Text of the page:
What should we do at the times of loneliness? That was the beginning of our idea.
Emotional loneliness, defined as not having a significant emotional connection with others, is one of the most problematic social phenomenon nowadays. We are living in a good environment where we can easily make friends. But the problem is, most of the relations we have aren't deep enough to share our innermost feelings! We then yearn for someone to whom we want to pour out all our feelings, and who would just listen.
So that's what we made! Our new friend, react.bot, faithfully listens to you, understands your feelings, and reacts proactively by giving the best reactions you would want. Simple yet fun reactions will be just enough to make you feel resonated and cheerful. You can even select different personas of your liking!
We hope react.bot can give a more delightful encouragement to lonely modern people.
What it does
- Detects emotions inherent in user's speech by analyzing audio bytestream in realtime.
- Resonates with users by reacting proactively to detected emotions in images and sounds, such as laughing out loud, sharing tears, or expressing rage on behalf.
- Provides various personas that show unique reactions to account for users' diverse preferences.
How we built it
- Designed with prototyping tool, Sketch.
- Built with Flutter to support Android/iOS multi-platform.
- Used socket.io library to send audio bytestream in realtime to server.
- Socket Server
- Used socket.io and Aiohttp to receive audio bytestream from client.
- Model Server
- Used Flask and PyTorch to deliver sentimental analysis result inferred by models when socket server requests for it.
- Extracted various audio features from data such as mfcc, chroma, spectral_centroid, spectral_rolloff, spectral_flux and spectral_bandwidth.
- The data we used is from IEMOCAP (https://sail.usc.edu/iemocap/).
- BiLSTM model, implemented with PyTorch, classifies audio features into four sentiments (neutral, angry, excited, and sad).
- Improved model accuracy by utilizing various audio augmentation methods (speed, loudness, noise, VTLP perturbation).
Challenges we ran into
First of all, the biggest challenge for all of us was that we only had night time to work for this project since we all have full-time jobs. Below are more specific challenges we faced in different phases:
- No preceding application we could refer to.
- Lack of information on how we should design reactions to satisfy users' needs for resonance.
- Lack of criteria for deciding which personas we should select.
- Prepared resources for reactions on our own.
- Rummaged through many sites to find appropriate images and sounds for reactions.
- Due to lack of adequate sounds, self-recording was also necessary.
- Various models to research, taking into account feasibility of implementation in very limited time.
- Difficulty of improving model's performance, due to the small pool of emotion labelled speech data.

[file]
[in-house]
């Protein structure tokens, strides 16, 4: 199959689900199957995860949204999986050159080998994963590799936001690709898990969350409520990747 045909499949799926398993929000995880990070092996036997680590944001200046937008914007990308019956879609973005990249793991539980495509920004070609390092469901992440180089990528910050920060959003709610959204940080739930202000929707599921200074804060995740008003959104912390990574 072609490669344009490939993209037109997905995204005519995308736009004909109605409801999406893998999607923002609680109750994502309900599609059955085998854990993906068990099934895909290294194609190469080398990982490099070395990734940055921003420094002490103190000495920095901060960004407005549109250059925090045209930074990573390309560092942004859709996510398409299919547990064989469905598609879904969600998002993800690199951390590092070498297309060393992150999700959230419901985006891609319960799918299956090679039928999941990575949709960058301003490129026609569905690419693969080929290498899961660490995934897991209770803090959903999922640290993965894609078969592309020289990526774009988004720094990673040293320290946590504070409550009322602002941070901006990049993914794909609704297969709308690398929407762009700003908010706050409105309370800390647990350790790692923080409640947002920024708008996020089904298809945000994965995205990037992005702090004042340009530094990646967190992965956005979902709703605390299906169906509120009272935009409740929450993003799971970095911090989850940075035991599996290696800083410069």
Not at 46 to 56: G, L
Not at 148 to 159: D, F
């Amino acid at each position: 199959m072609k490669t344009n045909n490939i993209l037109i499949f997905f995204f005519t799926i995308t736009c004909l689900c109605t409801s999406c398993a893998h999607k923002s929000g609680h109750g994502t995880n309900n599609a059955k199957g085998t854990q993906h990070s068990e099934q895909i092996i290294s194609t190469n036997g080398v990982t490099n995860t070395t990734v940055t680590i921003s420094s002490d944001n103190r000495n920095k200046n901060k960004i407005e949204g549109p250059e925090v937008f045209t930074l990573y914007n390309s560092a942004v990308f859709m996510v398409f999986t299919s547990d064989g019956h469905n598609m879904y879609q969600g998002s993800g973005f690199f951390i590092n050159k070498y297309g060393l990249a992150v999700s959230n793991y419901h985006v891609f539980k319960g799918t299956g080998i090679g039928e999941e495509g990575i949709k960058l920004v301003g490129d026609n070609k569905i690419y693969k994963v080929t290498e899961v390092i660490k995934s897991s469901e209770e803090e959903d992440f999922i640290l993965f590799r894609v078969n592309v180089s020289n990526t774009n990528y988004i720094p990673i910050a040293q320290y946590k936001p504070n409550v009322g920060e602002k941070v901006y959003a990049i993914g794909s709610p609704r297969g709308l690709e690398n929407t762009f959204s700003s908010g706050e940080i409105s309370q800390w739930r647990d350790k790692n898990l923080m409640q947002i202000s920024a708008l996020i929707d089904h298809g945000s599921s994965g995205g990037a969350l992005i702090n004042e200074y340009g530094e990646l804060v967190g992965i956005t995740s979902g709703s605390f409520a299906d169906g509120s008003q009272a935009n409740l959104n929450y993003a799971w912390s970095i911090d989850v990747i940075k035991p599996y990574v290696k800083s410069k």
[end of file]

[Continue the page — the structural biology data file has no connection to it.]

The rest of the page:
- Lack of experience in processing audio features.
- Not enough experience with technologies we needed to use to decide what frameworks to use and which one is better than the other.
- e.g. whether web-app or native-app would be more appropriate for implementing realtime voice data transmission.
- Needed to find a way to shorten reaction time as much as possible for realtime experience.
- e.g. directly embedding a pre-trained model into client vs building a backend server for inference
- Innate limitations in libraries and tools.
- e.g. VAD library that we chose couldn't properly filter out voice activities from realtime audio stream.
Accomplishments that we're proud of
For the most part, we are very proud in that we successfully made a fully functioning application overcoming many challenges we faced. In detail:
- Created an original, unprecedented service through deliberate ideations.
- Chose BiLSTM as the best model possible.
- Overcame the lack of data problem by augmenting dataset, thus improving the model accuracy.
- Devised workarounds to deal with limitations of existing libraries to ensure the best possible application usage.
- Since WebRTC didn't provide raw bytestream access, we wired together Flutter's microphone library and socket.io to send audio bytestream and receive results in realtime.
- Since VAD library didn't work as expected, we instead used a button to mark start and end of the speech.
What we learned
- Strengths of Pytorch
- Very pythonic! Intuitive and easy-to-write code.
- Ease of debugging speeds up development process.
- Various kind of methodologies to deal with text or speech data through paper review.
- Cutting-edge technologies and libraries (e.g. fastText and fairSeq).
- Understanding how a realtime service works between client and server.
- Last but not least, developing a completely new service from scratch was painful, but also very meaningful and enjoyable.
What's next for react.bot
- Improve emotion prediction performance.
- Currently, our model predicts only four emotions, but we want to further diversify emotions it can recognize.
- We are currently using only voice data, but we are planning to use speaker's facial expressions or movements to create a more accurate emotion prediction model.
- Keeping the context.
- Make the model consider the characteristics of the speaker and the context, obtained from the previous conversation, so that it can provide a more consistent response.
- Not only relieving one's loneliness, it can also be applied on various industrial fields, such as AI audience of live broadcasting service.
- Archive the moment that the speaker communicated with react.bot and help them reminisce about the moment.
- Diversify personas.